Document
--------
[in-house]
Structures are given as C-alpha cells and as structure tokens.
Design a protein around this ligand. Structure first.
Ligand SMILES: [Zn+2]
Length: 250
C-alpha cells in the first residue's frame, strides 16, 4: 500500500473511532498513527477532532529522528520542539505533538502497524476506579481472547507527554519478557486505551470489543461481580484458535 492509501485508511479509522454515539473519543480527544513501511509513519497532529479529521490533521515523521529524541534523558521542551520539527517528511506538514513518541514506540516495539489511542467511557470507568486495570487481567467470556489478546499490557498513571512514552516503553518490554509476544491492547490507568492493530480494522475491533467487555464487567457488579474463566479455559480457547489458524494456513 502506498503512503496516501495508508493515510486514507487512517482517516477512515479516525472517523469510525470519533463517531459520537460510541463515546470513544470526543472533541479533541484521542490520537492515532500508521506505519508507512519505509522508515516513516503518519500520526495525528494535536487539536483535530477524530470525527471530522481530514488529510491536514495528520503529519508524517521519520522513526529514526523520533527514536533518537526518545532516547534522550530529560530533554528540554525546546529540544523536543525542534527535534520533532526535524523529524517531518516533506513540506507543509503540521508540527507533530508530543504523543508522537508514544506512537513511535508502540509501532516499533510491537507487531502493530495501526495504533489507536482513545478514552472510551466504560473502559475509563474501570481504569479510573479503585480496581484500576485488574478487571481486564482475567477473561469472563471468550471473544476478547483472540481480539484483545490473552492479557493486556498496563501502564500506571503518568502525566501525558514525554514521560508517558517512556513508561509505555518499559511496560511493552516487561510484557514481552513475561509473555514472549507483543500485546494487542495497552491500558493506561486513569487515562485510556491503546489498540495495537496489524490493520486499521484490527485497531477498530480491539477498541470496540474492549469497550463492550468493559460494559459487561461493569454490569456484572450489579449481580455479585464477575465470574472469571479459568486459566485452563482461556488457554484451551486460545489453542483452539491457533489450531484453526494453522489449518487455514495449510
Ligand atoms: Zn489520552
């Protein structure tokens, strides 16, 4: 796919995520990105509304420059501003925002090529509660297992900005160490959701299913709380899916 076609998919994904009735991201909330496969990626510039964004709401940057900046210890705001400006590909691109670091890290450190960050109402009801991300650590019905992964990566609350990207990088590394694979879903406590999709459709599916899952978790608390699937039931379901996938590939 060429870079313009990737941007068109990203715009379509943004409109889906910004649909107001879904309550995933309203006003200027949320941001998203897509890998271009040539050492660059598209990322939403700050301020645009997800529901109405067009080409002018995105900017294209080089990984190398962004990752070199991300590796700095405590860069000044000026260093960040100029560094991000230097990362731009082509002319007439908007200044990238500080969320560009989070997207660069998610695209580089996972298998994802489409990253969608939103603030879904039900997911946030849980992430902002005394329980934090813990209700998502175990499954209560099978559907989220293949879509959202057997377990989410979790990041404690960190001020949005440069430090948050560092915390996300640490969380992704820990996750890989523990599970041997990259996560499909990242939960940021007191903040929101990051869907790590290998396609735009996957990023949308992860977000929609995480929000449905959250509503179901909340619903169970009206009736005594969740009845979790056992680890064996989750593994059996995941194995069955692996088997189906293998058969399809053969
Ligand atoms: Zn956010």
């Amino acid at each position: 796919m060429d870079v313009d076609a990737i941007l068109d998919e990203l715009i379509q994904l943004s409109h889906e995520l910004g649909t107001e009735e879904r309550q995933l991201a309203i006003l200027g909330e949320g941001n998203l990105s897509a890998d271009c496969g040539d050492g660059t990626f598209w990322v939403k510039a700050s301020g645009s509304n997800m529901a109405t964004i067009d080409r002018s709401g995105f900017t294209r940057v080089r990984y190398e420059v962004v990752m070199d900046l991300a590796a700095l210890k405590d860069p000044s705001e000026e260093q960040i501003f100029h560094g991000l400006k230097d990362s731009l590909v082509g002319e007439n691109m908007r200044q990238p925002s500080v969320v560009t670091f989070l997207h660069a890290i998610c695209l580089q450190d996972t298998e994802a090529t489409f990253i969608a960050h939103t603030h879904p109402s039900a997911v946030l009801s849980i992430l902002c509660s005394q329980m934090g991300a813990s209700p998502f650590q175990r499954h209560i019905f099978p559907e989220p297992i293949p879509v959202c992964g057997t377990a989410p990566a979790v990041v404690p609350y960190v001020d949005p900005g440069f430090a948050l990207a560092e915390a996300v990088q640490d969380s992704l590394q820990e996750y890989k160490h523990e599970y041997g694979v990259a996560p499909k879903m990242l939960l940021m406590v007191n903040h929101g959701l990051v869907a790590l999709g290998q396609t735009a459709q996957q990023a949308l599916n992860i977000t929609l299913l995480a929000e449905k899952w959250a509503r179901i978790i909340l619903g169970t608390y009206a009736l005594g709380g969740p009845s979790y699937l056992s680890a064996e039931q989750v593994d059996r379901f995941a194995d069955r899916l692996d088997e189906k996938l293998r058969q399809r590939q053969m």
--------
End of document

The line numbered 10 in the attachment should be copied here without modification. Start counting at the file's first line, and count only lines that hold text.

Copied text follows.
């Amino acid at each position: 796919m060429d870079v313009d076609a990737i941007l068109d998919e990203l715009i379509q994904l943004s409109h889906e995520l910004g649909t107001e009735e879904r309550q995933l991201a309203i006003l200027g909330e949320g941001n998203l990105s897509a890998d271009c496969g040539d050492g660059t990626f598209w990322v939403k510039a700050s301020g645009s509304n997800m529901a109405t964004i067009d080409r002018s709401g995105f900017t294209r940057v080089r990984y190398e420059v962004v990752m070199d900046l991300a590796a700095l210890k405590d860069p000044s705001e000026e260093q960040i501003f100029h560094g991000l400006k230097d990362s731009l590909v082509g002319e007439n691109m908007r200044q990238p925002s500080v969320v560009t670091f989070l997207h660069a890290i998610c695209l580089q450190d996972t298998e994802a090529t489409f990253i969608a960050h939103t603030h879904p109402s039900a997911v946030l009801s849980i992430l902002c509660s005394q329980m934090g991300a813990s209700p998502f650590q175990r499954h209560i019905f099978p559907e989220p297992i293949p879509v959202c992964g057997t377990a989410p990566a979790v990041v404690p609350y960190v001020d949005p900005g440069f430090a948050l990207a560092e915390a996300v990088q640490d969380s992704l590394q820990e996750y890989k160490h523990e599970y041997g694979v990259a996560p499909k879903m990242l939960l940021m406590v007191n903040h929101g959701l990051v869907a790590l999709g290998q396609t735009a459709q996957q990023a949308l599916n992860i977000t929609l299913l995480a929000e449905k899952w959250a509503r179901i978790i909340l619903g169970t608390y009206a009736l005594g709380g969740p009845s979790y699937l056992s680890a064996e039931q989750v593994d059996r379901f995941a194995d069955r899916l692996d088997e189906k996938l293998r058969q399809r590939q053969m």